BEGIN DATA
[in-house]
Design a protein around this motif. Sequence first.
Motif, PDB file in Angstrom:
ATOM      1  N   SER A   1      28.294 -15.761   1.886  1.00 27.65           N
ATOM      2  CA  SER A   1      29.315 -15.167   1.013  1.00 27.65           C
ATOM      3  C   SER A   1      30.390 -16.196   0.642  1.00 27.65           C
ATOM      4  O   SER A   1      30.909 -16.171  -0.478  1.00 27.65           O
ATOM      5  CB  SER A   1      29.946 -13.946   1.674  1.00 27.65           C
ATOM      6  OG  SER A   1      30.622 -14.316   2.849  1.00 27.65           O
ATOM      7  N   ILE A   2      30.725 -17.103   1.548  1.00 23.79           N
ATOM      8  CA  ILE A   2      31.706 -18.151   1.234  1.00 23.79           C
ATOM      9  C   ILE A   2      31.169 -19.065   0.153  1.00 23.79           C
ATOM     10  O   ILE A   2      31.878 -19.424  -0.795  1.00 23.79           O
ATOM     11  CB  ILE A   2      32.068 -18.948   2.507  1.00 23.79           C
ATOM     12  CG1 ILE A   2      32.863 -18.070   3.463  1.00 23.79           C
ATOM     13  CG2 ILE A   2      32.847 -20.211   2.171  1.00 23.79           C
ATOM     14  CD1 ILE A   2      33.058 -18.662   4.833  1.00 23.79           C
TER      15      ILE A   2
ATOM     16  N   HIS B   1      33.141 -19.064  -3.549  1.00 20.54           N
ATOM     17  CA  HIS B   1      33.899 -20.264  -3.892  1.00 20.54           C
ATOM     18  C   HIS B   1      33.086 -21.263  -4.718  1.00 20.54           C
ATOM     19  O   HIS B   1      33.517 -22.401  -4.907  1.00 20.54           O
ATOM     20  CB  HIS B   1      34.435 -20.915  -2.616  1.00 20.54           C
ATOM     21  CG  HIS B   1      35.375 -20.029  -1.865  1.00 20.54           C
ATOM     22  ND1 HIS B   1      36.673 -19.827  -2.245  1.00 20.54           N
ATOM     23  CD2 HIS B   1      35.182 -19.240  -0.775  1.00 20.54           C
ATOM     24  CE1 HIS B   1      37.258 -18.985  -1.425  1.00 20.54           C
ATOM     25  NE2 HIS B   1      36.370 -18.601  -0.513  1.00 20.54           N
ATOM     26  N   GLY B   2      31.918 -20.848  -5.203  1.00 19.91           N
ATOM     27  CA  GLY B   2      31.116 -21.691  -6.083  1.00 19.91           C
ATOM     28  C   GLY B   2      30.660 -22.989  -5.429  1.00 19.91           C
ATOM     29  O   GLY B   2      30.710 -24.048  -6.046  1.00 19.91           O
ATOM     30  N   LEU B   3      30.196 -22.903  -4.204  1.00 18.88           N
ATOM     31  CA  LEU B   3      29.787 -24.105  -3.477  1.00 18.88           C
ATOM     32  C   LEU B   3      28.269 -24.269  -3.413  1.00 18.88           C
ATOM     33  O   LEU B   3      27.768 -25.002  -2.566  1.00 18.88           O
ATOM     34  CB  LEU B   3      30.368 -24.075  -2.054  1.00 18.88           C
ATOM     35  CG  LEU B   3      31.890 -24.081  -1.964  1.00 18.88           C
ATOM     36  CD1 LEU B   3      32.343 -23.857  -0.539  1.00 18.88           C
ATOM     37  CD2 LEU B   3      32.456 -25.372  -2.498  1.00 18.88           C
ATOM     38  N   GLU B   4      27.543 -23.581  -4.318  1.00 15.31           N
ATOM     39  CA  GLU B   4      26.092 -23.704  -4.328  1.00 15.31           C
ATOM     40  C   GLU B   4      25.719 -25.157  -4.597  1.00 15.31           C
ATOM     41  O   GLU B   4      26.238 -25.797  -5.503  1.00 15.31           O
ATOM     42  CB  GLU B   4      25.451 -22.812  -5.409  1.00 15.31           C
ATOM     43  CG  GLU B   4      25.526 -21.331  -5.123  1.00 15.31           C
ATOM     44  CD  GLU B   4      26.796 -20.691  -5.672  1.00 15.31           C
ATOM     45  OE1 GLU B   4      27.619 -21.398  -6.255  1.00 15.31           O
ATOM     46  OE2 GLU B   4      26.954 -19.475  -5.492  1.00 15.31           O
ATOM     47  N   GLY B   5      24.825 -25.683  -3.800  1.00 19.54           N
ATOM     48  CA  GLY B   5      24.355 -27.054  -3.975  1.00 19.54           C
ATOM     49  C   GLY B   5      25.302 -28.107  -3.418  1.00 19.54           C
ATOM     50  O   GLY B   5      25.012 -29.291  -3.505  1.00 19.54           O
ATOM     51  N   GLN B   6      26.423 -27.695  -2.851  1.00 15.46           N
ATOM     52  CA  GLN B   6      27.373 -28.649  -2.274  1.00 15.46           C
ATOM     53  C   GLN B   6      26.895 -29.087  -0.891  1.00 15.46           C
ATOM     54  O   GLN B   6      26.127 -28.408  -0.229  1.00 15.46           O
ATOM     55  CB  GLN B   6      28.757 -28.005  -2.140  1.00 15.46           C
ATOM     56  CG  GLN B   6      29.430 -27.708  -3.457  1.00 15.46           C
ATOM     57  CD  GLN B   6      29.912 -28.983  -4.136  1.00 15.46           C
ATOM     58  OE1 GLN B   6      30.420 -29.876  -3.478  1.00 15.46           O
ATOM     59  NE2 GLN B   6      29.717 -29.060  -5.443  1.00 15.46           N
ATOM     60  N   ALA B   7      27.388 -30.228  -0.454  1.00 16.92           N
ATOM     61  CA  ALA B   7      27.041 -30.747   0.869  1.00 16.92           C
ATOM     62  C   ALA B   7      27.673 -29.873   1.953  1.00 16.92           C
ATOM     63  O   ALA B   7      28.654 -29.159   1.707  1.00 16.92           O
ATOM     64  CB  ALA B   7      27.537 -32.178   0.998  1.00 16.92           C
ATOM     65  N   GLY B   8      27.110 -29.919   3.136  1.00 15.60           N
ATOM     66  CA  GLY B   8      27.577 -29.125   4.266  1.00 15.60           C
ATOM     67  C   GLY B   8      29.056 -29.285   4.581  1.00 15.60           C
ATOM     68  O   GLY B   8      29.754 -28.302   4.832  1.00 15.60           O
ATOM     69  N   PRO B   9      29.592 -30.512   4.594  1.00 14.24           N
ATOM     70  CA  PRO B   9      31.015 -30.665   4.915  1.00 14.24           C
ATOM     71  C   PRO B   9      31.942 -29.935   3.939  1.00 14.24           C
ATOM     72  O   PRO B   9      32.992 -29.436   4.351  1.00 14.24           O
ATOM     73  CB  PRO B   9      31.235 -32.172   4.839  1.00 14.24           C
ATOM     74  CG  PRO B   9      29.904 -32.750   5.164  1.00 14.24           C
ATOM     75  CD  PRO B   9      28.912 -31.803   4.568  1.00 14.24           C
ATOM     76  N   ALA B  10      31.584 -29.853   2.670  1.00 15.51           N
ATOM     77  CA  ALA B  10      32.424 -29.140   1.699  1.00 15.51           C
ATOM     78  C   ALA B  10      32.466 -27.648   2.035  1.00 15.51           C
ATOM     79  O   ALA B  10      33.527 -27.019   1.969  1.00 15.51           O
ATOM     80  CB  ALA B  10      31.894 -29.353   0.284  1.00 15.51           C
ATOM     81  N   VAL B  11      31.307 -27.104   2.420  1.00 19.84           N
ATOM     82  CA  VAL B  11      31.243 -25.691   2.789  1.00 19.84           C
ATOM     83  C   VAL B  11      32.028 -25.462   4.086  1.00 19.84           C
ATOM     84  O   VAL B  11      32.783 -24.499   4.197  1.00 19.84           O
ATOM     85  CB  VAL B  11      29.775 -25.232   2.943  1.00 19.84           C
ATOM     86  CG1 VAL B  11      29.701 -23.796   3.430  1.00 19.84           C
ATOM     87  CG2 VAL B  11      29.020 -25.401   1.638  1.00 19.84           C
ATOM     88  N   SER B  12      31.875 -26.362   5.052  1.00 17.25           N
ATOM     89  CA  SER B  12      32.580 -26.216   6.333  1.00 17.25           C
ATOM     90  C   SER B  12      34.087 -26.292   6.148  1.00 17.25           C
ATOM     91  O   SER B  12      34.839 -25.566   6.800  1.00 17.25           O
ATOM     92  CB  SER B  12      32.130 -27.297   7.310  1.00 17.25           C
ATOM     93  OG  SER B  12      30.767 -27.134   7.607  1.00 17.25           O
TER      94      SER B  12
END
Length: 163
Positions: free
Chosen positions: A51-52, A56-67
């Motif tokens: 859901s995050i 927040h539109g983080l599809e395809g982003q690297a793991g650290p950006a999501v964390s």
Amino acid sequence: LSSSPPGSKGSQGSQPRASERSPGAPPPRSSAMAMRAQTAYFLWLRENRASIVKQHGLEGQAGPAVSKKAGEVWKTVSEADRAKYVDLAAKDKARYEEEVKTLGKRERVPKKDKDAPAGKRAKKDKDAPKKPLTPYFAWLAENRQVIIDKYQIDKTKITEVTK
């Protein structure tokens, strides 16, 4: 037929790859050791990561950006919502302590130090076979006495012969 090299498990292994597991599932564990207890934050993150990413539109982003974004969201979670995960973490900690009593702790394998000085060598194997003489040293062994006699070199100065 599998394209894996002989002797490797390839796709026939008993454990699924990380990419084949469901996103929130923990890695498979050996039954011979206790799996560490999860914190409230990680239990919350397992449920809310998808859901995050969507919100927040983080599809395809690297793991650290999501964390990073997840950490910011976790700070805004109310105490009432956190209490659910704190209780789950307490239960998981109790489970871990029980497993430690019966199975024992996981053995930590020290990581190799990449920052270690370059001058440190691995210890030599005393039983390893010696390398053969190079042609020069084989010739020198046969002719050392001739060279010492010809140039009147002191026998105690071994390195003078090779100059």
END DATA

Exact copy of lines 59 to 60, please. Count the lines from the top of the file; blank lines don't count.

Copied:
ATOM     56  CG  GLN B   6      29.430 -27.708  -3.457  1.00 15.46           C
ATOM     57  CD  GLN B   6      29.912 -28.983  -4.136  1.00 15.46           C